The One & Only First Lady Michelle Obama.
I’m forced to transform my own dismal emotion regarding the departure of First Lady Michelle Obama from the White House, along with the positive, promising, and inspiring narratives and images I became accustomed to seeing associated with her. Whether standing beside President Barack Obama supporting his efforts, mothering Sasha or Malia, or working diligently on her platform to educate and empower girls, promote physical fitness for children, or tackle gun violence: she nailed it. As she eloquently fulfilled her duties as mom, wife, and first lady. Our First Lady, is and has exemplified first class every day for the last eight years. Her legacy will be nothing short of extraordinary, legendary, and game-changing for decades to come. With that, we’re forced to raise our heads in this final stretch of this season, grateful for everything FLOTUS has shown and taught us. Like practicing, ‘go high when they go low’, staying focus on accomplishing the big picture, and always putting your best foot forward.
The Powerful Core Belief of First Lady Michelle Obama.
Mrs. Obama’s own accomplishments in, and before the White House has been greatly influenced by her comfort with herself and a core belief of hers: never believe that there is a room you have no right to walk into. That’s the undertone of the powerful message she continually addresses in her speeches to students, specifically at historically black colleges and universities (HBCU’s), and to young girls around the world. Being raised by her stay at home mom, and father who was a pump operator for the Chicago Water department, she enjoyed a modest but happy childhood. Considering while working for the Chicago Water Department her father was diagnosed with multiple sclerosis; he rarely missed a day of work. Watching his dedication, and knowing the hopes her parents held for her and her brother; early in her life, Mrs. Obama took ownership of and worked towards her own dreams.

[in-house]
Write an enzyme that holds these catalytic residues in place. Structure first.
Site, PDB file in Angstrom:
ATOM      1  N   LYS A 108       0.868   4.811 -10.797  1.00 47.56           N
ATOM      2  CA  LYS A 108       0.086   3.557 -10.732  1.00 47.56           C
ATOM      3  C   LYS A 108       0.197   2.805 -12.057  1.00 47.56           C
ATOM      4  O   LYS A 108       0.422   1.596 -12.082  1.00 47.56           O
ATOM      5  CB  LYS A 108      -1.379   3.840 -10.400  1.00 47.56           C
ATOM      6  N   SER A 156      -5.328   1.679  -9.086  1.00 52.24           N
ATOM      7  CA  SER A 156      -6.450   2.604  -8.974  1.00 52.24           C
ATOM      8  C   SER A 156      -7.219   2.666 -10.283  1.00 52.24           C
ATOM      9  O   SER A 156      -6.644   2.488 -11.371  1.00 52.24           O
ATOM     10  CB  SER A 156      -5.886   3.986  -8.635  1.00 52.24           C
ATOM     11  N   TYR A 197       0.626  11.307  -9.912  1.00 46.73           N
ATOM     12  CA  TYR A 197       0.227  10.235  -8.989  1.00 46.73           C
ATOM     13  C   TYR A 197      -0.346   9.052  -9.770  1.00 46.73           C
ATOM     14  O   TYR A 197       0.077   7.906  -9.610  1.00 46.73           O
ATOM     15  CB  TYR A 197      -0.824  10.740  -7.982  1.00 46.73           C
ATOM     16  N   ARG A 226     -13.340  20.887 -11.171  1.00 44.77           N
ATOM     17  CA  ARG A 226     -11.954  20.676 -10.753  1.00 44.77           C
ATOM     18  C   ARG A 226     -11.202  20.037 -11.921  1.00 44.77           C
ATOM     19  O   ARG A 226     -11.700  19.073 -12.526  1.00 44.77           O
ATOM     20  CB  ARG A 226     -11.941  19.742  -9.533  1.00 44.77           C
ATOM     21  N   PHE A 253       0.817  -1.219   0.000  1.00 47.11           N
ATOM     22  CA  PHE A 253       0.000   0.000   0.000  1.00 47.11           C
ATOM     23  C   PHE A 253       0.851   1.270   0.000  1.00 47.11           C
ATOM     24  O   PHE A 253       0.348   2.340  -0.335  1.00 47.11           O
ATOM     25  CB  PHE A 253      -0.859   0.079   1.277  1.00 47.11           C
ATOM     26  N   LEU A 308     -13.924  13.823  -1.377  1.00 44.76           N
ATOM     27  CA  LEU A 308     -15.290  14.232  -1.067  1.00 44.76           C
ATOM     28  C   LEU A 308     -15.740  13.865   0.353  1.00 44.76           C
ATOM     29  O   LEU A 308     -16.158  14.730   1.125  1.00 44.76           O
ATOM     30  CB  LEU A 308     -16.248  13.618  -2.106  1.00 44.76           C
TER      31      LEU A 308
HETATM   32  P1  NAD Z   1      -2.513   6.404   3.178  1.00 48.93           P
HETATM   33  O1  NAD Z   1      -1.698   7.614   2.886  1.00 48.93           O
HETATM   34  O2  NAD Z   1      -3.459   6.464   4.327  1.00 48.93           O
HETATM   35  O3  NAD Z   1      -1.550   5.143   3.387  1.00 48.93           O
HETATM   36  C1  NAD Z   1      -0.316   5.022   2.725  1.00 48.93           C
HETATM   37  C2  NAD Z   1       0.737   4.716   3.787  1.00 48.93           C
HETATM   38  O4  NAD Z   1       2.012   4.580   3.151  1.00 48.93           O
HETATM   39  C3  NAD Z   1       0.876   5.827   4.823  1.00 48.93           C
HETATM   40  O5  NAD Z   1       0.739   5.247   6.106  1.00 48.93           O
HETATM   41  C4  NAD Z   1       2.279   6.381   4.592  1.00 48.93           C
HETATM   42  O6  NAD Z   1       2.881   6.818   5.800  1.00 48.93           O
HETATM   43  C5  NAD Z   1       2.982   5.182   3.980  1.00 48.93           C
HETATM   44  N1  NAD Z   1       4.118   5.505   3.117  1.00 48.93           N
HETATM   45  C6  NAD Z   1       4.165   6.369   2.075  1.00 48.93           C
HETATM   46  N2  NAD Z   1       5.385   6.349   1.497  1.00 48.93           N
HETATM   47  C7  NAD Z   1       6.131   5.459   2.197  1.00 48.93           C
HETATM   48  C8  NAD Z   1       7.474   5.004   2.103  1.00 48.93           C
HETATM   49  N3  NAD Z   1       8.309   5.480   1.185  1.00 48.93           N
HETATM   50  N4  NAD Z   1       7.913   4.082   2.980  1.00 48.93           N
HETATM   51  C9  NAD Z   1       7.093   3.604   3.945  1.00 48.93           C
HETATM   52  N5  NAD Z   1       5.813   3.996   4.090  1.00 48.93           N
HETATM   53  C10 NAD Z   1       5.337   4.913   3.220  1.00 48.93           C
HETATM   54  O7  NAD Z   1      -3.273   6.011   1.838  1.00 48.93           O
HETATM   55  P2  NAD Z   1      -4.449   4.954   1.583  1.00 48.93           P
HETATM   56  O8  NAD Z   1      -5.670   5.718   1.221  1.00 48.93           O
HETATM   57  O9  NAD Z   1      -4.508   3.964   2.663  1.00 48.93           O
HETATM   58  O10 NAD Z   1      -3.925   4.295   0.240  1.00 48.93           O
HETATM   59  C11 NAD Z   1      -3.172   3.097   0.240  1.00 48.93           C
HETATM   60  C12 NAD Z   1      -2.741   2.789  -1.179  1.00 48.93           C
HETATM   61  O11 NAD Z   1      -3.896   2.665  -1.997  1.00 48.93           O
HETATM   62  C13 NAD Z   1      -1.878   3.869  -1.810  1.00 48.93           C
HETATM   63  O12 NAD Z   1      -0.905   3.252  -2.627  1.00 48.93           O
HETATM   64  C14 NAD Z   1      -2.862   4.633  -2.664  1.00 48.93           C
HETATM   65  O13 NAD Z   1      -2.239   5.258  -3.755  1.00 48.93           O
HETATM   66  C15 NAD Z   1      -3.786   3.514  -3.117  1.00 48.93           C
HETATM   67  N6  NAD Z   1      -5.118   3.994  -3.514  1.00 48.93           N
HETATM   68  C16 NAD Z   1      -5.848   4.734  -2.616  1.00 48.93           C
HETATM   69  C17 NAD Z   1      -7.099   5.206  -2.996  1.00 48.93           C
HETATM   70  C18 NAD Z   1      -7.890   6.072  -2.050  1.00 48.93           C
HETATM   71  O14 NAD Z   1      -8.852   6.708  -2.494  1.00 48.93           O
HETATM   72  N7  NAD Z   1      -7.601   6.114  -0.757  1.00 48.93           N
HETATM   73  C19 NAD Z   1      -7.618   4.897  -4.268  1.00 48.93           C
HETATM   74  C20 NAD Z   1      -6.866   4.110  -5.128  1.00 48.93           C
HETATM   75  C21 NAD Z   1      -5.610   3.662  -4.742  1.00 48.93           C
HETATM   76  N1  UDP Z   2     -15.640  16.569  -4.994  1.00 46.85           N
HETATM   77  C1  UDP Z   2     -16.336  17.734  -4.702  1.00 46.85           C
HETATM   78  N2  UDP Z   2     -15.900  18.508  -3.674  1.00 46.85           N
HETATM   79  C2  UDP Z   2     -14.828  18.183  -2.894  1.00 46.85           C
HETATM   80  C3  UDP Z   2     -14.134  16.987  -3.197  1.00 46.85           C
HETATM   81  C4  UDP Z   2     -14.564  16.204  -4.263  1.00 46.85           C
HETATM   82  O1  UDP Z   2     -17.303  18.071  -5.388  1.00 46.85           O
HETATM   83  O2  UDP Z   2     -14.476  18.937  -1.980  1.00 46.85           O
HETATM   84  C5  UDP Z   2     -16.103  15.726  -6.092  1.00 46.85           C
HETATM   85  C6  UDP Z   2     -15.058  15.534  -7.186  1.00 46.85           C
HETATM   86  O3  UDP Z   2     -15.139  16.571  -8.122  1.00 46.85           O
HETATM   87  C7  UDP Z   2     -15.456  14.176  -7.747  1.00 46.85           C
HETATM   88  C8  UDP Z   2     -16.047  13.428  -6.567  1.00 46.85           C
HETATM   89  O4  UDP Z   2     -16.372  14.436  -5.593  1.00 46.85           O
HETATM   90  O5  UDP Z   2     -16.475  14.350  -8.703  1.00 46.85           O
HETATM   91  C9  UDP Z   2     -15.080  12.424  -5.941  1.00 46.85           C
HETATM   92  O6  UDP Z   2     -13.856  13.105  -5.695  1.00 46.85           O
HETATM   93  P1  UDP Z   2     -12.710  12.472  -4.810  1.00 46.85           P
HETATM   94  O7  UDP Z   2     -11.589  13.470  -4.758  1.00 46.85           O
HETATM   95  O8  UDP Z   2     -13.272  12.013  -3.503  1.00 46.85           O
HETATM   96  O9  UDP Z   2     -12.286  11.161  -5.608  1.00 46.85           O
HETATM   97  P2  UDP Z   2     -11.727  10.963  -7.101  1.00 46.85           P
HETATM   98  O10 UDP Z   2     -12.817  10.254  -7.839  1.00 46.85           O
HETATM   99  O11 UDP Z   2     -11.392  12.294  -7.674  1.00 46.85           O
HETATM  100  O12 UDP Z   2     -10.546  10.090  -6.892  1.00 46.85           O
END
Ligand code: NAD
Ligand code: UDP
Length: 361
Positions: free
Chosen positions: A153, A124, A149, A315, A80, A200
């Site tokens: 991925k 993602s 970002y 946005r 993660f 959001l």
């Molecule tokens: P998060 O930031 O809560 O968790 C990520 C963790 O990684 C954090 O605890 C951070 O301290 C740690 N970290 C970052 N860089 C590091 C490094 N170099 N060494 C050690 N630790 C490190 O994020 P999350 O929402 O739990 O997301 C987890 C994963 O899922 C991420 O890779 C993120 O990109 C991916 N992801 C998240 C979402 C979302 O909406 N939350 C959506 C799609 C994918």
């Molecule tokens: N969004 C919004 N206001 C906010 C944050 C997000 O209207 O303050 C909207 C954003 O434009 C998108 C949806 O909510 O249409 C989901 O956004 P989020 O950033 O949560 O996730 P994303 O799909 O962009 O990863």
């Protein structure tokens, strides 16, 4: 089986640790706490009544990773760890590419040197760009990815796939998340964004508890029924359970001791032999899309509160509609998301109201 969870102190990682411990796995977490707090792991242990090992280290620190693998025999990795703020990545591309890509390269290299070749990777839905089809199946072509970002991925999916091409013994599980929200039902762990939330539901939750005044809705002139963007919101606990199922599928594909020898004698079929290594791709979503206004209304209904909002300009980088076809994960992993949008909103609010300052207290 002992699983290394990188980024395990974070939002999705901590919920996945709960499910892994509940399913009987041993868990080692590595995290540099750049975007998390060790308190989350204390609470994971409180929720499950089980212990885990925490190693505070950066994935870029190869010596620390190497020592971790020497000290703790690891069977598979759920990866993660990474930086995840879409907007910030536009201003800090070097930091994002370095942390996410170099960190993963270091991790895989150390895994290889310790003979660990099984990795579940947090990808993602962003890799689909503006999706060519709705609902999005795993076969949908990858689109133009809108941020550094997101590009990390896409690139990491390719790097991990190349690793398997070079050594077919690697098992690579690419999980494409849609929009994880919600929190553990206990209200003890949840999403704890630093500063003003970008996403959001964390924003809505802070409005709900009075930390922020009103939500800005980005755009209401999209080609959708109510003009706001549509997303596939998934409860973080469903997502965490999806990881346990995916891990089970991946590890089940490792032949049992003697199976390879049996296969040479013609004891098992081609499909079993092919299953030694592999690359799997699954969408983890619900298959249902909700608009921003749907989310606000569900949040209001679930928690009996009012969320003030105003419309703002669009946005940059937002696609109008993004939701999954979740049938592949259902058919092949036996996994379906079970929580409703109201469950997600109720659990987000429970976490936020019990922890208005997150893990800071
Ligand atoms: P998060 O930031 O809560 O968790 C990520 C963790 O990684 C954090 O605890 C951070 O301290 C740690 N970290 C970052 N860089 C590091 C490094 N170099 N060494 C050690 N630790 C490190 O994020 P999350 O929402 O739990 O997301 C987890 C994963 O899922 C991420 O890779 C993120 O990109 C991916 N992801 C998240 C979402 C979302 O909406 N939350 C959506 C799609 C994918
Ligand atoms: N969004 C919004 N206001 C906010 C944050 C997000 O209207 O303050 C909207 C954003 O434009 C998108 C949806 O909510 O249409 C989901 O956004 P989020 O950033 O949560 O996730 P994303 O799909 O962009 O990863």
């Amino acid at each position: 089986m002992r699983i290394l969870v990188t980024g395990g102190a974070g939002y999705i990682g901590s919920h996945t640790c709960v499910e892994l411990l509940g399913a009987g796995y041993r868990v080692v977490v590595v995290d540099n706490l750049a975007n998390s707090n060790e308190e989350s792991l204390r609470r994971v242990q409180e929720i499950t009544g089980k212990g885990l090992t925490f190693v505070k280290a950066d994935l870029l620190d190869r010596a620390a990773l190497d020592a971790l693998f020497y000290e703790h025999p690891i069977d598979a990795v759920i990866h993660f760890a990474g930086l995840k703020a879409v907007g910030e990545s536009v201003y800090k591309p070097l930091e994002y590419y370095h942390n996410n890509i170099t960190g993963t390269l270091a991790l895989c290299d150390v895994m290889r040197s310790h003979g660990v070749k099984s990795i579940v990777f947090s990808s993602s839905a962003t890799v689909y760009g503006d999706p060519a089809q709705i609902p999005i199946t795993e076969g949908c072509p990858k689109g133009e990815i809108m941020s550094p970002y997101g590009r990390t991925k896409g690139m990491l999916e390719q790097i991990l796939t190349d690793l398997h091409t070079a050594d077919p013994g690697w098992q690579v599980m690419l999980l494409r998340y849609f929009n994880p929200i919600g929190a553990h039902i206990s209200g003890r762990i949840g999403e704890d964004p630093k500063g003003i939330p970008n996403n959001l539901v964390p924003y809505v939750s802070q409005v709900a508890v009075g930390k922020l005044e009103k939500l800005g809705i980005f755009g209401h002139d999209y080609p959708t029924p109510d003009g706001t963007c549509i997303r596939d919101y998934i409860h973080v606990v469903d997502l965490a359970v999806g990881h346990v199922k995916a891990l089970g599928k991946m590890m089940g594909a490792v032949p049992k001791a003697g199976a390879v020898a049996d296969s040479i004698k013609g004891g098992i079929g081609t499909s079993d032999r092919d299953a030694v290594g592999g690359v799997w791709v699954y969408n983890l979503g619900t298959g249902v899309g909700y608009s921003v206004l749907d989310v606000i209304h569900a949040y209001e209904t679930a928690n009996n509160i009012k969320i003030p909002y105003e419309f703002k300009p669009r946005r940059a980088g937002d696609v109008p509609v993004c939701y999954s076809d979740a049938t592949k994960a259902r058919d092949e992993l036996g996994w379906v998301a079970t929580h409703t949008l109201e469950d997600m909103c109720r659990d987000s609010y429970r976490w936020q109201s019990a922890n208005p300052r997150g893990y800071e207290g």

Thank You First Lady Michelle Obama.
In an interview with Vogue, Flotus shared how as a teen-ager from the South Side of Chicago she was told she wasn’t “Princeton material.” Ironically, she later studied sociology and African-American studies at Princeton University, before enrolling in and graduating from Harvard Law School in 1988. Her strong sentiment toward not allowing other people to dictate the rooms she had the right to walk into, is a very personal one. It’s a message that captures the essence of a critical chapter in her life, and one that built the foundation from which she proudly stands. With that, let’s be thankful for the opportunity to watch, feel, and experience first hand, how gracefully, stylishly, and strong the power of believing in yourself, and offering no apologies manifest. #LikeFlotus